Thom has been a good friend for some years now and having come through a scary on-field injury myself in 1997 that left me thankful to Dr James Robson for my life, it was quite shocking to see James having to do the same again, and for someone I know well. Thom's injury and the incredible treatment he received has been quite under-played in my opinion, but there is little doubt that as serious as Thom's injury was it could have been more serious had it not been for the skills of James and the medics at the game and in the hospital, people that rarely receive the credit they are due.
Many people will remember how James helped me during the British and Irish Lions tour in 1997, because it became a part of the documentary film Living with Lions, and I have no hesitation in repeating, with the information we got after that injury, that he saved my life. And I freely admit that when I saw Thom go down in the Millennium Stadium and be stretchered off, and then heard how serious it was, I winced about this great game of ours and what it can do.
Myself and my wife went to visit Thom and his mum and brother in Glasgow a few weeks ago, and we had a good afternoon with them and I even had a game of pool against him. It is very much one step at a time for Thom right now, albeit one step in Glasgow, one in New York – good work if you can get it – and he's right not to be making decisions about his rugby future until he knows what he wants, but what pleased me was that his natural optimism for life was there again.
I don't watch the 1997 Lions video often and he won't watch that tackle in Wales much I reckon, but he's looking ahead again and that little step should not be underestimated when you've gone through something like that. I have three kids, two boys, my dad played for England, and so the Greenwood name carries a certain element of expectation. But these injuries do make you think about rugby. If Archie and Rocco say they want to play tennis and golf and you see good friends like Thom go through that, I say yes, tennis and golf it is. I won't push them one way or the other. I'd encourage them to play everything, and find what it is they like and if it is rugby they want to play then we go into it with eyes wide open, knowing the risks. But it is a brutal sport now; there's no getting away from it. I've only been retired a few years but the difference in size of the players now is incredible.
I have to be honest and say that I thank the Lord I was born in the 1970s and stopped playing when I did.
And then, you turn to this weekend, and what do we expect? We expect brutal rugby, massive collisions, blood and players being carried from the field. That is the reality of what happens when rugby gets to this stage of the season. But we also hope for some engrossing rugby.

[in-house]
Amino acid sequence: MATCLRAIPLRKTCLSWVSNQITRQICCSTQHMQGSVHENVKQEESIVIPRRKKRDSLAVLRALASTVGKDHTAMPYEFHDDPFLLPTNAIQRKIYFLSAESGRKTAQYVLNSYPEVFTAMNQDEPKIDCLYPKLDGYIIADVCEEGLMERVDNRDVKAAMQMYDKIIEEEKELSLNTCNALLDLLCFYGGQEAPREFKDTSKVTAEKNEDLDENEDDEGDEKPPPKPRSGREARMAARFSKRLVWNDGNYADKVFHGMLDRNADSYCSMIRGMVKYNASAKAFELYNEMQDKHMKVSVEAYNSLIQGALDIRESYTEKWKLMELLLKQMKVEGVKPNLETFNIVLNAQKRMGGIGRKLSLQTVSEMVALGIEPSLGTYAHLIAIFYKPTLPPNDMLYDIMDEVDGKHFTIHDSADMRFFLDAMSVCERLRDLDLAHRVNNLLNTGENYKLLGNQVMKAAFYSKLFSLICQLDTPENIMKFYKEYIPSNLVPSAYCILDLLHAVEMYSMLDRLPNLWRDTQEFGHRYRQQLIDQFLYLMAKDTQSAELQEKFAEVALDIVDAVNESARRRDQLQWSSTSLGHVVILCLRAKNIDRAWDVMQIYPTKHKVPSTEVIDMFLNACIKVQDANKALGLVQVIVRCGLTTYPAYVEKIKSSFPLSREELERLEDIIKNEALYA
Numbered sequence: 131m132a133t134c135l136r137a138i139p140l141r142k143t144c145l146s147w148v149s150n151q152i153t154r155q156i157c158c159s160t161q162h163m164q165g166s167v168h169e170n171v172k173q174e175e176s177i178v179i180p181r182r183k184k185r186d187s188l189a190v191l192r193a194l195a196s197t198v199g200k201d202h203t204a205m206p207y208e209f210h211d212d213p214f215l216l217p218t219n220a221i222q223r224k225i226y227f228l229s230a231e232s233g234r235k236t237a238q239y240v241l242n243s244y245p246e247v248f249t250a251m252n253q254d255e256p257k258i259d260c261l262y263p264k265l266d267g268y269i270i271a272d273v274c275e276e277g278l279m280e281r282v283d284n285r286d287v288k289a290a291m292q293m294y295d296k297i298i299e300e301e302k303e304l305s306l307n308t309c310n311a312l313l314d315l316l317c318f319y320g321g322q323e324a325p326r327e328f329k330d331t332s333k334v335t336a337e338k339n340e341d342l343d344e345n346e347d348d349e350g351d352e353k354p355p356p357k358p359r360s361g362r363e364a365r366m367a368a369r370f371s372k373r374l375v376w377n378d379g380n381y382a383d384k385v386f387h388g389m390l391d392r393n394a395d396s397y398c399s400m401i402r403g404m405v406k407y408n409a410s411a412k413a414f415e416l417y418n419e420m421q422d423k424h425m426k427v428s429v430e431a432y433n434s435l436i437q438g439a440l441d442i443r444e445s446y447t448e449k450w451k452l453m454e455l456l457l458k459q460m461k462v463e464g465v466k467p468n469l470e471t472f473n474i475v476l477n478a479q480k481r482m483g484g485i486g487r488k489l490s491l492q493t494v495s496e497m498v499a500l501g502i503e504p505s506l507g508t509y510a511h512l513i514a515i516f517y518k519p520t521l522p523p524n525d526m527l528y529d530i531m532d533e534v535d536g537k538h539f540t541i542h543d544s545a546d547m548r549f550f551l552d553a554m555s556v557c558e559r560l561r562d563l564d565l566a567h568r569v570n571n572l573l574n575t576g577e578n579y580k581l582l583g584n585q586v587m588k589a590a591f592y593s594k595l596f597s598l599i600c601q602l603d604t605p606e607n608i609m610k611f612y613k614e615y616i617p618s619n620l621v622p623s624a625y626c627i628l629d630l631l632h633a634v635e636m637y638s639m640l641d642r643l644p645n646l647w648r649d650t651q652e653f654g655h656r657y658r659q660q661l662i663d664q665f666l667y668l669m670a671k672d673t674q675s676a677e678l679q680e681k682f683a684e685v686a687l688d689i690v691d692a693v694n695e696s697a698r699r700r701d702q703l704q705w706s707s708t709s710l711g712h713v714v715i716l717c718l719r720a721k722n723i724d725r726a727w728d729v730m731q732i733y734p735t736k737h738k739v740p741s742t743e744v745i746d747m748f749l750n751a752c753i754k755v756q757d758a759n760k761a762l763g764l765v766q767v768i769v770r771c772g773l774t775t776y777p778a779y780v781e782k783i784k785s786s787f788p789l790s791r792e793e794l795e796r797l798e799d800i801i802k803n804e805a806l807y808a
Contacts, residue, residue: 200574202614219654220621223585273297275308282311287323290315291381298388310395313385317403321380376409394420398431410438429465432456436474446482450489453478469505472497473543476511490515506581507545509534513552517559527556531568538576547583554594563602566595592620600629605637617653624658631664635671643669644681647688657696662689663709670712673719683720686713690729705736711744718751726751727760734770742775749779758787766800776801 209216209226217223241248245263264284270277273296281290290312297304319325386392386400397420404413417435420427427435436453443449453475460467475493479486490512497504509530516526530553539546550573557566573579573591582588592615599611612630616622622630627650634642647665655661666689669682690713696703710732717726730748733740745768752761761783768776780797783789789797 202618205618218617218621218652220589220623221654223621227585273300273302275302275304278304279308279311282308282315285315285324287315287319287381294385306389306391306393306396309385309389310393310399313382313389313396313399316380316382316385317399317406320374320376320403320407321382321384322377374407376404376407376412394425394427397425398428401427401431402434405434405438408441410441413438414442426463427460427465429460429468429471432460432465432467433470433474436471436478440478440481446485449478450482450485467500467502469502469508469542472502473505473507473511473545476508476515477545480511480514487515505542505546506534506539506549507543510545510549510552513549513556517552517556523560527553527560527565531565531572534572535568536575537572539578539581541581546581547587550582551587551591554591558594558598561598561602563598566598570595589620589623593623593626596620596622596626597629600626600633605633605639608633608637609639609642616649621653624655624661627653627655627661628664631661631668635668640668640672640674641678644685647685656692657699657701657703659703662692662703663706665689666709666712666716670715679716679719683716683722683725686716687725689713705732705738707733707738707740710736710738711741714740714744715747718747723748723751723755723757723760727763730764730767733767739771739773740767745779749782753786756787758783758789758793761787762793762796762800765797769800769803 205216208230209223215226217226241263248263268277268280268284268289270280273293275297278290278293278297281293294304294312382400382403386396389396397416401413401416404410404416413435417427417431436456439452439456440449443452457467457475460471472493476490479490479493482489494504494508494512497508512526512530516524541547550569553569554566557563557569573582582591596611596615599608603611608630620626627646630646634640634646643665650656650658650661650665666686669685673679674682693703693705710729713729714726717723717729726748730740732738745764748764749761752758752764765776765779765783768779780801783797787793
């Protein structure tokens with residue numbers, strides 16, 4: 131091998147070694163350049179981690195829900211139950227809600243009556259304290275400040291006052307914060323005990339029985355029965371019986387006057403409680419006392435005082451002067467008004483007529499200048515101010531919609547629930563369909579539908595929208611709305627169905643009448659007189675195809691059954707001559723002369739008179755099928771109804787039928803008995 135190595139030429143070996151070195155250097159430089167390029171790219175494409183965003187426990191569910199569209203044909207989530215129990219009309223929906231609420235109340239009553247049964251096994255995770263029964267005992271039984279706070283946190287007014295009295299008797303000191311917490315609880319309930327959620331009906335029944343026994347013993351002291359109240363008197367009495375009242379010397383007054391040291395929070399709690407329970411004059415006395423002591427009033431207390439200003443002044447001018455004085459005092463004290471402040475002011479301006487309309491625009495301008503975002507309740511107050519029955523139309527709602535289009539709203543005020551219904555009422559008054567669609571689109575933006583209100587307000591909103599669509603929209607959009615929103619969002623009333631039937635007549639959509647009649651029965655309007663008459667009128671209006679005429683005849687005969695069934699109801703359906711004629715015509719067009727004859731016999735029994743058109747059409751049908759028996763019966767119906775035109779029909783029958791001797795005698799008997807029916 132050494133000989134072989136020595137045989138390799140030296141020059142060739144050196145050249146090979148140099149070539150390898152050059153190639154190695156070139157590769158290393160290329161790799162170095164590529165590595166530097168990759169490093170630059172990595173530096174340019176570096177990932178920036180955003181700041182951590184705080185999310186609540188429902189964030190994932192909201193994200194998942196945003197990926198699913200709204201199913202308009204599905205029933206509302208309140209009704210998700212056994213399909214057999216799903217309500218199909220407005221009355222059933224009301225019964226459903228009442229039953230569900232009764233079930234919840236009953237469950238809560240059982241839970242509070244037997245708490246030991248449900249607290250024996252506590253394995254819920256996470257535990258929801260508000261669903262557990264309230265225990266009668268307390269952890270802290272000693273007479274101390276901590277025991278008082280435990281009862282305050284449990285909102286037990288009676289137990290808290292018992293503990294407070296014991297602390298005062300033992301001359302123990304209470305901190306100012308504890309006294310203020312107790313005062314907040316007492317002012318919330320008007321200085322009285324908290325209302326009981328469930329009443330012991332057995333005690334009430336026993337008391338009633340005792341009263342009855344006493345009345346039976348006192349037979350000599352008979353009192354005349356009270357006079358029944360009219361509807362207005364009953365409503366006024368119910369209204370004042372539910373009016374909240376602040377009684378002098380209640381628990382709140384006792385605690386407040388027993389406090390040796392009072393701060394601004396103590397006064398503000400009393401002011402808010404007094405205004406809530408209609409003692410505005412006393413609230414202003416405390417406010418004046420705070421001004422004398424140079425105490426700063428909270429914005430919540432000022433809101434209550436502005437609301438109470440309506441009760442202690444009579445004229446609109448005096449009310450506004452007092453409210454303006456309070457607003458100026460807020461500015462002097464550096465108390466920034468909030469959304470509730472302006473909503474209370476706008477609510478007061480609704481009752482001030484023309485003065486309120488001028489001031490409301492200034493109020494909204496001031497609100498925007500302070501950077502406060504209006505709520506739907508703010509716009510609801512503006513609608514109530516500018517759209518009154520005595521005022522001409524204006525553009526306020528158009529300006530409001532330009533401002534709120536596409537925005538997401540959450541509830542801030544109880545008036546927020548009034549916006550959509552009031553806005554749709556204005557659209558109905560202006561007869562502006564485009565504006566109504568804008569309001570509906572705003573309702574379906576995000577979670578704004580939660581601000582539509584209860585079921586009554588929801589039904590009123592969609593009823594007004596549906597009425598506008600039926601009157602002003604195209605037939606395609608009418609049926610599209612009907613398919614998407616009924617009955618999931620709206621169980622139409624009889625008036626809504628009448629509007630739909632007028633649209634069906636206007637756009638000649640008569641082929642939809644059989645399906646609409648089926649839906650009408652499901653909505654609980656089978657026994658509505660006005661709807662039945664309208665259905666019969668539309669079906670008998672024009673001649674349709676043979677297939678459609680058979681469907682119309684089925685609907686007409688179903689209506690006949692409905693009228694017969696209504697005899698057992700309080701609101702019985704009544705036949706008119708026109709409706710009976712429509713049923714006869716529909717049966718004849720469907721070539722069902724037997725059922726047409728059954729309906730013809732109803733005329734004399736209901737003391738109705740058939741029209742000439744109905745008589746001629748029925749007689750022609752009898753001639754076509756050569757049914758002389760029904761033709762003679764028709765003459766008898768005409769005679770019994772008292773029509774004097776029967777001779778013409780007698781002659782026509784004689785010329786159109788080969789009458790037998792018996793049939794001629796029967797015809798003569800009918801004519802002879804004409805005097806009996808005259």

There has been a minor shift in emphasis in what referees are doing at the breakdown and we even saw Saracens running ball out of their 22 against Gloucester, which isn't the Sarries of recent seasons, but however much you alter laws or interpretations, World Cup finals will always be 15-12 or 12-9. Why? Because you become possessed by the devil when you play in the top games; ordinary blokes run the extra yard, make the extra tackle, and games are so intense and tight it's not real.
Sure, we love to watch the Super 14, but if you want scores of 38-35 and 'Twenty-Twenty' rugby, then the Heineken Cup knockout stages is not the place you want to be. But if you're a big fan of 'Rollerball', then buy a ticket.
Harlequins beat Leinster 6-5 last year and, ignoring the bloodgate affair for a minute, that was one of the great quarter-finals in the Heineken Cup. Now, to say with a game that ended with a football score you'd think was ridiculous, but it's true. The Super 14 must be great to play in, but ask Rocky Elsom what he thought of the Heineken Cup and he'll say, 'Crikey, I didn't see that coming!'.
We have some cracking games this weekend, from tonight's starter in Dublin, which is a really tough one to call. I've always been a lover of all things French and I'm a massive Clermont fan, and I feel guys like Brock James and Mario Ledesma deserve success because of their incredible contribution to European and French rugby. Munster haven't lost at Thomond Park at this stage but they will one day and I've had a good chat with the Northampton boys this week and they are really looking forward to being the ones to do it. It is hard to bet against Paul O'Connell's boys at home though.
The Ospreys are due a good run, but you have Biarritz no longer wasting their great backs talent, and recognising they can do more than just try to bore their way over the line and I'm backing them to win. Stade Francais have had a difficult season, and I expect Toulouse to come through on Sunday because this is where they come alive – amid the excitement of cut-throat knockout pressure.
Will Greenwood is a Heineken ambassador. Heineken are proud to be celebrating the 15th anniversary of the Heineken Cup, the best club rugby competition in the world. www.heinekenrugby.co.uk